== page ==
In general, one of White’s most potent attacking pieces is his light-squared bishop. This bishop is usually developed to d3, where it attacks the h7 square. Black is well-advised to exchange his bad light-squared bishop or a knight for White’s light-squared bishop.

Because of the attacking potential of a bishop on d3, Black will sometimes play an early …b6 to allow …Ba6. Be sure to play …Ba6 before you move your knight from b8, or your bishop will drop off.

Black’s good bishop is his dark-squared bishop and is a piece he would like to keep. Although it appears blocked in with the White pawns on d4 and e5, it remains a valuable piece.

Thematic Pawn Breaks for Black in the French Defense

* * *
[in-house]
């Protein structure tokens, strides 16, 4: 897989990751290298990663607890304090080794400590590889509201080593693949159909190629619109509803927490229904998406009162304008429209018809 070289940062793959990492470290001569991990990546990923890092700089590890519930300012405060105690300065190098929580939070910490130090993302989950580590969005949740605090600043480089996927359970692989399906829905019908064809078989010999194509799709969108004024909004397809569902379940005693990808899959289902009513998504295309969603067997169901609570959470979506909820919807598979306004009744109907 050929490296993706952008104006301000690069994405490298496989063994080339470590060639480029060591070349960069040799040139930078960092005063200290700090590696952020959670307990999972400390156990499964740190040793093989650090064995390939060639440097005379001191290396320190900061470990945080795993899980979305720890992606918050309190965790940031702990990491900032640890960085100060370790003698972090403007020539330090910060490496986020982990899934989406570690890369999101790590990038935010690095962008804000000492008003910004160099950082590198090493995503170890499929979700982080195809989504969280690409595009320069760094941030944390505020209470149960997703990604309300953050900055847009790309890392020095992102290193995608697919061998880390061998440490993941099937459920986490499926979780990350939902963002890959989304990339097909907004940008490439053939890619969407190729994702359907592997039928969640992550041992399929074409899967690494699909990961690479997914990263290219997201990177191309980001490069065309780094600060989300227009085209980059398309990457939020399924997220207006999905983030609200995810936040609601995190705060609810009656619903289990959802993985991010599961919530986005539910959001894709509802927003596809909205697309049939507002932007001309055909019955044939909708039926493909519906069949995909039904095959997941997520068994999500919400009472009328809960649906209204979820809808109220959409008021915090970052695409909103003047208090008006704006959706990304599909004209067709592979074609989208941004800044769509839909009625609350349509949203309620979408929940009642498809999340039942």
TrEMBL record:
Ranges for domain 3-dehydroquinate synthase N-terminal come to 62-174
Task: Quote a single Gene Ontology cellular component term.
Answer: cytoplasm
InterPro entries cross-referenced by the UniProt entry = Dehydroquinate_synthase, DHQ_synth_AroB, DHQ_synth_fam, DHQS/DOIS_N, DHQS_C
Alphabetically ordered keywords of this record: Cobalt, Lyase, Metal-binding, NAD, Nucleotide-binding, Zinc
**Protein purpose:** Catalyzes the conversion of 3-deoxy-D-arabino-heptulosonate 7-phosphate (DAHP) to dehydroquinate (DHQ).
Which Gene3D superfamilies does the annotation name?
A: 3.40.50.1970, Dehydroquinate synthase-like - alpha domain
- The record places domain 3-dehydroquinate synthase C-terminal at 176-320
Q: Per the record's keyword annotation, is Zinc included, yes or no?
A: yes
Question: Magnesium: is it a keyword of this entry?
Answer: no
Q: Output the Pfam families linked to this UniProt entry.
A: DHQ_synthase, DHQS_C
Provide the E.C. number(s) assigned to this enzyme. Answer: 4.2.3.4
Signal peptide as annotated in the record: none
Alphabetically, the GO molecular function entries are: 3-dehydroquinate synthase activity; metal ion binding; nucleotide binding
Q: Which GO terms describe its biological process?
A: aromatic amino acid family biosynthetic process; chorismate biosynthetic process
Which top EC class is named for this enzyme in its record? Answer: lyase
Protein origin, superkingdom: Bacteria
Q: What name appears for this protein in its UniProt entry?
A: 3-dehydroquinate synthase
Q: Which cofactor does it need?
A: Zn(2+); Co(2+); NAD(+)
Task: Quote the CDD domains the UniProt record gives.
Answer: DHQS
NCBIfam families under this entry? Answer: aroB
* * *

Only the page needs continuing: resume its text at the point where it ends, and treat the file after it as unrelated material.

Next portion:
When studying a chess opening, it’s vital to know which pawn breaks you want to play. For Black, his two main pawn breaks in the French Defense are …c5 and …f6.

Be sure to play …c5 before developing with …Nc6, or you will need to lose a tempo to play this pawn break. Also, keep in mind even after playing …c5 Black can still safely castle long.

Before playing the …f6 pawn break be sure this advance cannot be met with Qh5+ followed by capturing on g6. The queen on h5 pins the h-pawn.

The …f6 pawn break is particularly useful if Black castles short since it opens the f-file for the rook. Black must be alert to the possibility of sacrificing the exchange on f3.

This is a tactic that often arises within the Tarrasch Variation (3.Nd2) of the French Defense.

White’s Attacking Plans in the French Defense